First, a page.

For a long time, the subject of package managers was for me an intimidating one. As a bootcamp grad, I knew enough to build a website or set up a database but any configuration issues stressed me out. Every now and then, I'll encounter a discussion on which package manager is the superior one and I'd immediately feel humbled by all the things I still don't know about web dev.
Now that at StackBlitz we are about to make a big announcement regarding package managers, I thought I'd revisit this topic and take an “Explain like I’m five” route 💕
Let’s look into what a Node module, a package, and a package manager are.
I have recently visited a friend who loves LEGO. His whole house looks like an exhibition hall with colorful sets displayed in the most surprising places. There’s a flower standing on a bathroom mirror shelf, a dragon guarding the stairs, a TV series set near the kitchen table, and a wizardry school near his TV stand. I’ve noticed that in most cases one big creation was, in fact, a collection of smaller sets.
Imagine that the massive wizardry school castle is your app and for it to be complete, you need to add a bunch of extras like a train station, a magic tree, or a phoenix. Each of them is a separate entity that you can move around as you wish.
If the wizardry school castle is your app, then each of the extras would be a Node module or a package.
So your castle needs a magic tree. You could design it yourself but it is way easier get the whole set designed and packaged together in a box with an instruction. A ready-made set in this analogy is a “package” and the instruction is the “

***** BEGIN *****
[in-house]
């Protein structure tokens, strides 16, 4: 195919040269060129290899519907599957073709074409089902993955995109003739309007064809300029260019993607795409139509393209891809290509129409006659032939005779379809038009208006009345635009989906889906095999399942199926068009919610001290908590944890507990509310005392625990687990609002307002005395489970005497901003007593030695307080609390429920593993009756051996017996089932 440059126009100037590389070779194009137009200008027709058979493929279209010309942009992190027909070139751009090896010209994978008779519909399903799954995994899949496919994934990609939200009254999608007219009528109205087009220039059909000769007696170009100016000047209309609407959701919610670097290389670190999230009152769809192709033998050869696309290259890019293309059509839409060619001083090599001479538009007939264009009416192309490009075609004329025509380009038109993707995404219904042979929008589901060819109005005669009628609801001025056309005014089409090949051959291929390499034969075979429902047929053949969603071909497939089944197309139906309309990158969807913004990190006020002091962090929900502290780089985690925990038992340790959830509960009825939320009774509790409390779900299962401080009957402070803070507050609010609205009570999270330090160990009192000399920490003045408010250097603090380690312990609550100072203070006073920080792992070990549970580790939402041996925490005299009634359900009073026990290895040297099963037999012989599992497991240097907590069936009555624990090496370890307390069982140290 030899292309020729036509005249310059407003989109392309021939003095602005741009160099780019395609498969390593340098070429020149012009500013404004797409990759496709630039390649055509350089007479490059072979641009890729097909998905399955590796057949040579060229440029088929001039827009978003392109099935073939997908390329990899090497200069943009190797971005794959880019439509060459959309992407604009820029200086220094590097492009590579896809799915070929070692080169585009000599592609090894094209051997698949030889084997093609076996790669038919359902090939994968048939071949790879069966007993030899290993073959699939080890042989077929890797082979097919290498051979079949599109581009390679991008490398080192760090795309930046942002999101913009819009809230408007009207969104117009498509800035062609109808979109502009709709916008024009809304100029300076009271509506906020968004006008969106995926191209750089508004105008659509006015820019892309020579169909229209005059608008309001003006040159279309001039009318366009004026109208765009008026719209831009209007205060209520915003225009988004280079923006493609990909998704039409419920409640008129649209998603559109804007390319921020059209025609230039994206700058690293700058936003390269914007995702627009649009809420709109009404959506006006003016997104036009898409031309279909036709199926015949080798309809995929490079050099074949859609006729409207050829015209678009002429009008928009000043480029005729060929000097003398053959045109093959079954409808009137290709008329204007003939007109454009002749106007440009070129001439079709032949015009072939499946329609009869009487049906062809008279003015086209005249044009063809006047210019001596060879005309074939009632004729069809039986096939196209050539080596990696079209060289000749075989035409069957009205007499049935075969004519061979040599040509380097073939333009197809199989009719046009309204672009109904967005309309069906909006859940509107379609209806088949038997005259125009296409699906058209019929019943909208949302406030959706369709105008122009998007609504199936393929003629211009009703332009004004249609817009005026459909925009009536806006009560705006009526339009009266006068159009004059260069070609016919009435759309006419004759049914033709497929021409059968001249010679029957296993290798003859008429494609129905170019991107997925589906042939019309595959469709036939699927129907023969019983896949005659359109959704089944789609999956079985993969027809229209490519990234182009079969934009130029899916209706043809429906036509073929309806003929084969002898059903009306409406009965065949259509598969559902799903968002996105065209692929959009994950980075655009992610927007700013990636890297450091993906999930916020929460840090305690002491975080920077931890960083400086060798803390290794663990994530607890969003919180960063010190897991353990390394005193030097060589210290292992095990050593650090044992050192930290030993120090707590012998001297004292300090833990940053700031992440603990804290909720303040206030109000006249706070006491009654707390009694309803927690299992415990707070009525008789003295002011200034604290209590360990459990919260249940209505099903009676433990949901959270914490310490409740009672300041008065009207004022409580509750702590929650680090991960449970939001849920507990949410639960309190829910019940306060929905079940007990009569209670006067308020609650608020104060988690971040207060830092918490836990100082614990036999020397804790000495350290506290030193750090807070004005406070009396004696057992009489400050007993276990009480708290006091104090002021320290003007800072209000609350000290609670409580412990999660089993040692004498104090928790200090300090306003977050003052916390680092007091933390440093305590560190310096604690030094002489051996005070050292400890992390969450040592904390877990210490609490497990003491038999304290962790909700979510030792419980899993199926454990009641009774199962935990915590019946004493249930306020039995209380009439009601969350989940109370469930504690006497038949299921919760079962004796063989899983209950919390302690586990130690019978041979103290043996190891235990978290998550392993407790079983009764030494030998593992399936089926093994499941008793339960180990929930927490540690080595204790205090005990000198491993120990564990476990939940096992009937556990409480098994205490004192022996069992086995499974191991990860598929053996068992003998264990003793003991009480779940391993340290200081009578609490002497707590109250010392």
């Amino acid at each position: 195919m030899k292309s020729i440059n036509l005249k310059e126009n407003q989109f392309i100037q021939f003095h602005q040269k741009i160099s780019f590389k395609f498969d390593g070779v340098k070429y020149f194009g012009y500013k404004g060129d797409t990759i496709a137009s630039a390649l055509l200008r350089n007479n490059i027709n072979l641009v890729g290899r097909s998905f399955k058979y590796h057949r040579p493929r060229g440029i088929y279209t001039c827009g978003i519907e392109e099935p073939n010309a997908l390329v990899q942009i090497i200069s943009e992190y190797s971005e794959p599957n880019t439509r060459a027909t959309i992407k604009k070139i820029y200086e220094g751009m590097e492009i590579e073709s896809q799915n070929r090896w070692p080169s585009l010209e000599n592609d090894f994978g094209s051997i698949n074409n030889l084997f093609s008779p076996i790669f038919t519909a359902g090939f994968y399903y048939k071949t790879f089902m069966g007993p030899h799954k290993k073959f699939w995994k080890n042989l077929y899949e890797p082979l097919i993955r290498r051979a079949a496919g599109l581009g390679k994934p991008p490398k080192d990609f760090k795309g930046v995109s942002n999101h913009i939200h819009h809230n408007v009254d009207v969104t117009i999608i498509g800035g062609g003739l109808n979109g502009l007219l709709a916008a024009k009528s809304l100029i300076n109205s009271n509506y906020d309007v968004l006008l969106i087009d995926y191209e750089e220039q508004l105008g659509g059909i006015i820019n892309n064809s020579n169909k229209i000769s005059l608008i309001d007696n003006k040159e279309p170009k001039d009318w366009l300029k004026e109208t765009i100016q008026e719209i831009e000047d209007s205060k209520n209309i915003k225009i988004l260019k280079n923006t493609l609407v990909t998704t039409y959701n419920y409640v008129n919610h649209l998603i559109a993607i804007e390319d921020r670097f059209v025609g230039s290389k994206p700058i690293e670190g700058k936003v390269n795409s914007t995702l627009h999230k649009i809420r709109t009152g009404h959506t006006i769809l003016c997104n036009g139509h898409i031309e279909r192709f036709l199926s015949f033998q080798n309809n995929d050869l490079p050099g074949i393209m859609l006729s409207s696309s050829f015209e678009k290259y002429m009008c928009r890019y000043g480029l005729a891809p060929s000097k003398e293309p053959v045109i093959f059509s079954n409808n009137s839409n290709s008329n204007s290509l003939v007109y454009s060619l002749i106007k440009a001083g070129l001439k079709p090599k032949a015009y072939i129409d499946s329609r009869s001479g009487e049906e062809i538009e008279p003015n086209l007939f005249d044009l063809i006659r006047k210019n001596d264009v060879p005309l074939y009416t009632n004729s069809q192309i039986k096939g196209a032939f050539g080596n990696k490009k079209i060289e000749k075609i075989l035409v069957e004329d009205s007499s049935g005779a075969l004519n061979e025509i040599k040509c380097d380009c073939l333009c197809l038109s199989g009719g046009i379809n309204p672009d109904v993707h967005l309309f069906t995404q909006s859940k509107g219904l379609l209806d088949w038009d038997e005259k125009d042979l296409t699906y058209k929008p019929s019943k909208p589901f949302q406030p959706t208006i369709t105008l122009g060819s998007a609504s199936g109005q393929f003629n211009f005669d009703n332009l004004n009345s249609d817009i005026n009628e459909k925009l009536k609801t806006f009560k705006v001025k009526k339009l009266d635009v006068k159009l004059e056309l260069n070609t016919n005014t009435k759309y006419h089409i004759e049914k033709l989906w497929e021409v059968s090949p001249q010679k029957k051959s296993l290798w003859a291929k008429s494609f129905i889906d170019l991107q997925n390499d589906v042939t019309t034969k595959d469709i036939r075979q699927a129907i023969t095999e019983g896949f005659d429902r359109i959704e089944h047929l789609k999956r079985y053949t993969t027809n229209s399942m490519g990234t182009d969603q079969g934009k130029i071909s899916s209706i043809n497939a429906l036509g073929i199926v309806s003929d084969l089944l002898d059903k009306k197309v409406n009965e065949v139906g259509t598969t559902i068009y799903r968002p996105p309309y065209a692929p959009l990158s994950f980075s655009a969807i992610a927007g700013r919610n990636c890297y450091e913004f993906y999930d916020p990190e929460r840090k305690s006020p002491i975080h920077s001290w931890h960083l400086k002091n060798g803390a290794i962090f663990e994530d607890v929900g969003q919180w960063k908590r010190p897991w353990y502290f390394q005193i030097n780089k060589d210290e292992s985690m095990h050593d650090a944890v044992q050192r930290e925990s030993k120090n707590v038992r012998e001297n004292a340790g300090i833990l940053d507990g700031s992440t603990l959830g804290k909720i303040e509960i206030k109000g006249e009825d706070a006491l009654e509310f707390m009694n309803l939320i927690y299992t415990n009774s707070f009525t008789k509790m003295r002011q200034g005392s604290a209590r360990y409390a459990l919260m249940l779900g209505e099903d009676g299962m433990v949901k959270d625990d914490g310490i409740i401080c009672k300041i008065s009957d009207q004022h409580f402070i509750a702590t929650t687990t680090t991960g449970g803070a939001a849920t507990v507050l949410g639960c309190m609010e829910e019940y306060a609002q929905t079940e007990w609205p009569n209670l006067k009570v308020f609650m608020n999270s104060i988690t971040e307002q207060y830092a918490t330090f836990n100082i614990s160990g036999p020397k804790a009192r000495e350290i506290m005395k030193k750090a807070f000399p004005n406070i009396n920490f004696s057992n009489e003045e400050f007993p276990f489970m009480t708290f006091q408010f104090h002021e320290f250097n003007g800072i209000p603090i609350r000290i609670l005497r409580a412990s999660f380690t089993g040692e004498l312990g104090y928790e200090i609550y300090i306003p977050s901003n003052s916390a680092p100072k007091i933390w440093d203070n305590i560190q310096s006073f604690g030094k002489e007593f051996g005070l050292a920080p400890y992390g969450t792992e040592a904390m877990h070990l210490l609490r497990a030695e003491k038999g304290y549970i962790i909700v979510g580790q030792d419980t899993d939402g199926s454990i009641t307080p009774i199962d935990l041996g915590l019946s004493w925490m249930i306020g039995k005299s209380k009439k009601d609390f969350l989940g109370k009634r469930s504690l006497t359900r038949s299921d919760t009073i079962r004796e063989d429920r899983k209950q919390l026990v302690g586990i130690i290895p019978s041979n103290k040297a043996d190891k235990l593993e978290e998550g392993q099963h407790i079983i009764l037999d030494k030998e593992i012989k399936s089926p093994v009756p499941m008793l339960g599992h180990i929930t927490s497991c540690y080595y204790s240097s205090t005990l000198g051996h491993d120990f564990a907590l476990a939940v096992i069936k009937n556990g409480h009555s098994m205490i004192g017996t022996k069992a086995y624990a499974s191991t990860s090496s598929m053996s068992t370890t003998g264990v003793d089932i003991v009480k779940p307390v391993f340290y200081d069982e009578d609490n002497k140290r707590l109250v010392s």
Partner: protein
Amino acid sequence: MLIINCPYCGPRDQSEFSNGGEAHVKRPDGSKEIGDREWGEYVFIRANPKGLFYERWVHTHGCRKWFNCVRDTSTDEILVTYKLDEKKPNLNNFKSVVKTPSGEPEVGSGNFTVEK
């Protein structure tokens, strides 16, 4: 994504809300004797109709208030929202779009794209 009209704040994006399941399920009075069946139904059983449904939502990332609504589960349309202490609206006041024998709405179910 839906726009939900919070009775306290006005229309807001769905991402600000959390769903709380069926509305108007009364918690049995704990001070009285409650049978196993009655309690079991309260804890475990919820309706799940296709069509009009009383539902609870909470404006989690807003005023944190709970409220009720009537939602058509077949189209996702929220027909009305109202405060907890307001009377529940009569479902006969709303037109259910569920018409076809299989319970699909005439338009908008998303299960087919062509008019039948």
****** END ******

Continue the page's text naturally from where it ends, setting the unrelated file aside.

A Node module, or a package, is a piece of code that helps you add some functionality to your app. The
package.json file tells us who created the package, when it was created, what other “dependencies” it needs to function, and so on.
To satisfy the folks who like to be very precise, please note that the npm docs page makes a distinction between "Node modules" and "packages. However, in most cases “Node module” and “package” are used interchangeably.
Now, if you only have one or two LEGO sets in your home, managing an inventory of all the blocks, sets, and figurines you have would not be that difficult. But what if you are a lifelong collector, pieces break often, there are new sets constantly coming out, and the available color scheme changes faster than the company manages to announce it? Well, ideally you would find a system to keep track of all the pieces you own, need to replace, no longer need, and that that you need to buy?
This is why in software there is a need for the so-called “package managers”. A package manager is a tool that helps you keep track of all dependencies of your app in a consistent way. It automates the tasks of dependency installation, upgrading, configuration, and removal. It makes sure that all the packages that your app needs are installed, in the correct version, or up-to-date.
tl;dr package managers automate all the tasks regarding dependencies, saving your precious time 💕
We will share big news regarding package managers at the upcoming ViteConf. Grab your free ticket and tune in this week (Oct 12-13) if you're curious 👀